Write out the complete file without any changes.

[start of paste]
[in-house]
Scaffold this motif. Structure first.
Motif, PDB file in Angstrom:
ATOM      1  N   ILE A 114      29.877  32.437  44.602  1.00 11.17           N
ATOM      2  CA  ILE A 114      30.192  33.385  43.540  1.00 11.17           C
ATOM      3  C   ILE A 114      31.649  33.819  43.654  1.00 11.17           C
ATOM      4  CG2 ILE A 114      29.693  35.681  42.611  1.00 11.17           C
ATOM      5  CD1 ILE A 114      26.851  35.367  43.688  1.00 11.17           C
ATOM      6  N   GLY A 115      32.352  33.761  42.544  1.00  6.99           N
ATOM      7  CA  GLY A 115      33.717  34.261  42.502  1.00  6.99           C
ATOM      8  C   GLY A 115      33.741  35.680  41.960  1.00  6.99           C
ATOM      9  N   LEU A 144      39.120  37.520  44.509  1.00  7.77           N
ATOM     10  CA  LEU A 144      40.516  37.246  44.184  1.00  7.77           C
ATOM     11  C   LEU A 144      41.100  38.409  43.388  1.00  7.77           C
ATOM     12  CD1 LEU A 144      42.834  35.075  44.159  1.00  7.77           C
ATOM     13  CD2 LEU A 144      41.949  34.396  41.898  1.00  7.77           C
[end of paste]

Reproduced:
[in-house]
Scaffold this motif. Structure first.
Motif, PDB file in Angstrom:
ATOM      1  N   ILE A 114      29.877  32.437  44.602  1.00 11.17           N
ATOM      2  CA  ILE A 114      30.192  33.385  43.540  1.00 11.17           C
ATOM      3  C   ILE A 114      31.649  33.819  43.654  1.00 11.17           C
ATOM      4  CG2 ILE A 114      29.693  35.681  42.611  1.00 11.17           C
ATOM      5  CD1 ILE A 114      26.851  35.367  43.688  1.00 11.17           C
ATOM      6  N   GLY A 115      32.352  33.761  42.544  1.00  6.99           N
ATOM      7  CA  GLY A 115      33.717  34.261  42.502  1.00  6.99           C
ATOM      8  C   GLY A 115      33.741  35.680  41.960  1.00  6.99           C
ATOM      9  N   LEU A 144      39.120  37.520  44.509  1.00  7.77           N
ATOM     10  CA  LEU A 144      40.516  37.246  44.184  1.00  7.77           C
ATOM     11  C   LEU A 144      41.100  38.409  43.388  1.00  7.77           C
ATOM     12  CD1 LEU A 144      42.834  35.075  44.159  1.00  7.77           C
ATOM     13  CD2 LEU A 144      41.949  34.396  41.898  1.00  7.77           C